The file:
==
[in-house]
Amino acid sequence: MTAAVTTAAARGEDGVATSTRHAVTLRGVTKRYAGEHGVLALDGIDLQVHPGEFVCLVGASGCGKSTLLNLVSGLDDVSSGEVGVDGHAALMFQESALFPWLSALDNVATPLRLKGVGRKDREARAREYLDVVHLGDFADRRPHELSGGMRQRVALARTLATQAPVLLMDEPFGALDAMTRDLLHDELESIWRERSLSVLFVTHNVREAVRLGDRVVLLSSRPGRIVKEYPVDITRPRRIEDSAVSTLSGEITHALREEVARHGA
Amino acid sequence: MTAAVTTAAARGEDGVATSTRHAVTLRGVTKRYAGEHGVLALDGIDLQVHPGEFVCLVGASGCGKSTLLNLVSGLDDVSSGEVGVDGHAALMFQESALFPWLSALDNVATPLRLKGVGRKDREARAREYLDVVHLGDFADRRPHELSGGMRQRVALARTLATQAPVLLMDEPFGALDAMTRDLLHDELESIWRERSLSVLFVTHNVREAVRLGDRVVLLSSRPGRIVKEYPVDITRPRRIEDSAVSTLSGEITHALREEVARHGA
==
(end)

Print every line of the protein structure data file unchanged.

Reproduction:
[in-house]
Amino acid sequence: MTAAVTTAAARGEDGVATSTRHAVTLRGVTKRYAGEHGVLALDGIDLQVHPGEFVCLVGASGCGKSTLLNLVSGLDDVSSGEVGVDGHAALMFQESALFPWLSALDNVATPLRLKGVGRKDREARAREYLDVVHLGDFADRRPHELSGGMRQRVALARTLATQAPVLLMDEPFGALDAMTRDLLHDELESIWRERSLSVLFVTHNVREAVRLGDRVVLLSSRPGRIVKEYPVDITRPRRIEDSAVSTLSGEITHALREEVARHGA
Amino acid sequence: MTAAVTTAAARGEDGVATSTRHAVTLRGVTKRYAGEHGVLALDGIDLQVHPGEFVCLVGASGCGKSTLLNLVSGLDDVSSGEVGVDGHAALMFQESALFPWLSALDNVATPLRLKGVGRKDREARAREYLDVVHLGDFADRRPHELSGGMRQRVALARTLATQAPVLLMDEPFGALDAMTRDLLHDELESIWRERSLSVLFVTHNVREAVRLGDRVVLLSSRPGRIVKEYPVDITRPRRIEDSAVSTLSGEITHALREEVARHGA